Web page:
Editorial – Radical Statistics Issue 118 (2017)

Issue 118 is now online, available as open access. Below is the editorial.

This is the second post-2017 Edinburgh Conference Issue. Anyway,
I/we think that most of the 60+ participants enjoyed and profited from
the Conference.

We have been waiting for the papers from that February Conference
for four months and have only received two; so we have decided to
publish an issue with those two and including our backlog of
submitted papers, and make the next issue the 2017 Conference

The first Conference paper is by Professor Cathcart on the low level of
trust in journalists in the UK, reviewing a wide range of disparate and
fragmentary survey evidence over several years finding no particular
trend; and comparing with levels of trust in journalists in other
European countries. The levels of trust do not appear to respond to
any specific political event; the most likely explanation is that the
public do not trust journalists because they have seen them not telling
the truth.

The second Conference paper is by Michael Dougan reviewing the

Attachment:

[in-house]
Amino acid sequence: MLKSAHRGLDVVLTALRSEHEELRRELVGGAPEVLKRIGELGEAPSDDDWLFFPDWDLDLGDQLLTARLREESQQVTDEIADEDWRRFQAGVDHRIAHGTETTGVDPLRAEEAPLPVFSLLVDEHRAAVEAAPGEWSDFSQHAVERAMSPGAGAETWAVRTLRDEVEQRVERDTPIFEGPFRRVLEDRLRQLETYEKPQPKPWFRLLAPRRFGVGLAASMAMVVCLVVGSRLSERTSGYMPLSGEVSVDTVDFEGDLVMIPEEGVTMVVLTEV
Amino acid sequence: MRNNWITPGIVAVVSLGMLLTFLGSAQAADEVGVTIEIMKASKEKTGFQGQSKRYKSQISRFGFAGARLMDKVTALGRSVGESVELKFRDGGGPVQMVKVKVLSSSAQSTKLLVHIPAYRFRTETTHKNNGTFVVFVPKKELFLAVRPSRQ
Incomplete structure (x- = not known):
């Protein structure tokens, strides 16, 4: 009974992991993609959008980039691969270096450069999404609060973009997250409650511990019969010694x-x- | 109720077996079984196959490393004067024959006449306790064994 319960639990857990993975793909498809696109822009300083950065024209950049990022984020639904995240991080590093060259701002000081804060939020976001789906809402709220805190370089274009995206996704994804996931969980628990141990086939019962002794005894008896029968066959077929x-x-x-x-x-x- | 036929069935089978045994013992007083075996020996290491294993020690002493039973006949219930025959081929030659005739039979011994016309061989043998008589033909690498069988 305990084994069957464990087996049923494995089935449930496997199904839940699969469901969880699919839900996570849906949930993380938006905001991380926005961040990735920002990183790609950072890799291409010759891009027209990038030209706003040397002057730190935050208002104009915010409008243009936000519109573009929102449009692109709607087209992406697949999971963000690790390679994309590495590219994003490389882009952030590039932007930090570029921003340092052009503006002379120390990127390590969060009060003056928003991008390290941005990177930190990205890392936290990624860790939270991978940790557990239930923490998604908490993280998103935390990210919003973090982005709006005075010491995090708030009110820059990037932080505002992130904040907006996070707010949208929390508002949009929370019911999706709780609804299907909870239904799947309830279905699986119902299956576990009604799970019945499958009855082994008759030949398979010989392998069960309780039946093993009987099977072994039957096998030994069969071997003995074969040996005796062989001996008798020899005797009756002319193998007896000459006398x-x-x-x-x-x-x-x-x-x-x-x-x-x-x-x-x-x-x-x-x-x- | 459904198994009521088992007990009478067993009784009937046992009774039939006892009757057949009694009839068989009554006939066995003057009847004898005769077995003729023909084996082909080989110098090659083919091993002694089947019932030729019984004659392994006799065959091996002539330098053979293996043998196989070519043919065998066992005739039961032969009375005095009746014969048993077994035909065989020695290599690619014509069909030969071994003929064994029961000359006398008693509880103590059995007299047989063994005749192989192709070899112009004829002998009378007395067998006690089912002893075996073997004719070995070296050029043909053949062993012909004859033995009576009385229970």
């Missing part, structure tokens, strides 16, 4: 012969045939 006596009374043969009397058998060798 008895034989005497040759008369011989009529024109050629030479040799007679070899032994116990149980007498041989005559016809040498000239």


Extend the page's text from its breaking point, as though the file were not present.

‘research’ that was meant to back up the claims of the Leave alliance
in its deceitful campaign about the Brexit referendum. He focuses on
the mysterious ‘statistical’ so-called arguments they put forward; and
shows that there was no basis to any of their evidence.

Then there is another poem by Larry Lesser – this time on a ‘Test for
Normality’ – whilst we have retained his original poem from the last
issue on the cover page. He has also provided a rare political
statistical joke.

We end with the second paper by John Read on the historical analysis
of UK population data focussing on trends in mortality rates. He
carries out a thorough analysis and suggests that the evidence shows
that the population pyramid is stabilising.

Once again, I have to make an appeal for papers – we are down to only
one, apart from outstanding Edinburgh Conference papers – or are we
simply running into a technology trap?

Roy Carr-Hill
Radical Statistics Editor